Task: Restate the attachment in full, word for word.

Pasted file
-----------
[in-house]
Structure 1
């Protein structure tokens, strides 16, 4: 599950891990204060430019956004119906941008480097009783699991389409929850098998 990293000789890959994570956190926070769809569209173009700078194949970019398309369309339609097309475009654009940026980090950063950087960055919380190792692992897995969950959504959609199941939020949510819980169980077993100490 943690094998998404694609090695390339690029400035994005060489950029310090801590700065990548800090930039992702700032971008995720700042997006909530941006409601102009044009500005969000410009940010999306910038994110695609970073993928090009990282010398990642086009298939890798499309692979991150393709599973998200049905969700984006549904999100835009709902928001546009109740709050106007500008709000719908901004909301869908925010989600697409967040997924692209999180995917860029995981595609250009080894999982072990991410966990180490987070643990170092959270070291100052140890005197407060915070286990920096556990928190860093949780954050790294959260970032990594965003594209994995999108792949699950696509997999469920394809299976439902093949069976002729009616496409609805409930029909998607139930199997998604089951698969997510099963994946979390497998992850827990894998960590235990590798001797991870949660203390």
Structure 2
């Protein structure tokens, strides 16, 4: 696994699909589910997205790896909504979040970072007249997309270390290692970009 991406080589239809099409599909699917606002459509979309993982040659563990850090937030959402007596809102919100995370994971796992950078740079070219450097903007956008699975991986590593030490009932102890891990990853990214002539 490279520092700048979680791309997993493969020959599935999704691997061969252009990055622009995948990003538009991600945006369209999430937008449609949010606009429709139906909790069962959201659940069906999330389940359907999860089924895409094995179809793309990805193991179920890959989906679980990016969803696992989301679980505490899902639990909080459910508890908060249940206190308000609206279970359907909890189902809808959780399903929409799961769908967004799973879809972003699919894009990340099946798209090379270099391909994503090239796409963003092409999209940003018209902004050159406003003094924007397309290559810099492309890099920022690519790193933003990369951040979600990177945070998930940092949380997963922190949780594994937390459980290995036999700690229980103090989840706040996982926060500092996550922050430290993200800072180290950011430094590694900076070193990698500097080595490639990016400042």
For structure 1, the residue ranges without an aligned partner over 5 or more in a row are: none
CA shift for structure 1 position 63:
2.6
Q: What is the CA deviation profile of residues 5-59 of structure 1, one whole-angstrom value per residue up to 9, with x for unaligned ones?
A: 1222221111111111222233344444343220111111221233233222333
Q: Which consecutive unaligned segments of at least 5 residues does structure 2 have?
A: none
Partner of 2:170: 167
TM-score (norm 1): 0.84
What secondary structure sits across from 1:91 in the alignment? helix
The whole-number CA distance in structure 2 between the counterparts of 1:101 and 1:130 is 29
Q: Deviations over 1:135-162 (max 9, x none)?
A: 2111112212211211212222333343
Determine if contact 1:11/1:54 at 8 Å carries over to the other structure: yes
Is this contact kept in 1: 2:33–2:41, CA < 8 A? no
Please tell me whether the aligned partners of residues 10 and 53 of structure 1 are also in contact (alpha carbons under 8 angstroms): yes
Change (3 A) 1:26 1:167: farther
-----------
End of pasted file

[in-house]
Structure 1
């Protein structure tokens, strides 16, 4: 599950891990204060430019956004119906941008480097009783699991389409929850098998 990293000789890959994570956190926070769809569209173009700078194949970019398309369309339609097309475009654009940026980090950063950087960055919380190792692992897995969950959504959609199941939020949510819980169980077993100490 943690094998998404694609090695390339690029400035994005060489950029310090801590700065990548800090930039992702700032971008995720700042997006909530941006409601102009044009500005969000410009940010999306910038994110695609970073993928090009990282010398990642086009298939890798499309692979991150393709599973998200049905969700984006549904999100835009709902928001546009109740709050106007500008709000719908901004909301869908925010989600697409967040997924692209999180995917860029995981595609250009080894999982072990991410966990180490987070643990170092959270070291100052140890005197407060915070286990920096556990928190860093949780954050790294959260970032990594965003594209994995999108792949699950696509997999469920394809299976439902093949069976002729009616496409609805409930029909998607139930199997998604089951698969997510099963994946979390497998992850827990894998960590235990590798001797991870949660203390």
Structure 2
């Protein structure tokens, strides 16, 4: 696994699909589910997205790896909504979040970072007249997309270390290692970009 991406080589239809099409599909699917606002459509979309993982040659563990850090937030959402007596809102919100995370994971796992950078740079070219450097903007956008699975991986590593030490009932102890891990990853990214002539 490279520092700048979680791309997993493969020959599935999704691997061969252009990055622009995948990003538009991600945006369209999430937008449609949010606009429709139906909790069962959201659940069906999330389940359907999860089924895409094995179809793309990805193991179920890959989906679980990016969803696992989301679980505490899902639990909080459910508890908060249940206190308000609206279970359907909890189902809808959780399903929409799961769908967004799973879809972003699919894009990340099946798209090379270099391909994503090239796409963003092409999209940003018209902004050159406003003094924007397309290559810099492309890099920022690519790193933003990369951040979600990177945070998930940092949380997963922190949780594994937390459980290995036999700690229980103090989840706040996982926060500092996550922050430290993200800072180290950011430094590694900076070193990698500097080595490639990016400042």
For structure 1, the residue ranges without an aligned partner over 5 or more in a row are: none
CA shift for structure 1 position 63:
2.6
Q: What is the CA deviation profile of residues 5-59 of structure 1, one whole-angstrom value per residue up to 9, with x for unaligned ones?
A: 1222221111111111222233344444343220111111221233233222333
Q: Which consecutive unaligned segments of at least 5 residues does structure 2 have?
A: none
Partner of 2:170: 167
TM-score (norm 1): 0.84
What secondary structure sits across from 1:91 in the alignment? helix
The whole-number CA distance in structure 2 between the counterparts of 1:101 and 1:130 is 29
Q: Deviations over 1:135-162 (max 9, x none)?
A: 2111112212211211212222333343
Determine if contact 1:11/1:54 at 8 Å carries over to the other structure: yes
Is this contact kept in 1: 2:33–2:41, CA < 8 A? no
Please tell me whether the aligned partners of residues 10 and 53 of structure 1 are also in contact (alpha carbons under 8 angstroms): yes
Change (3 A) 1:26 1:167: farther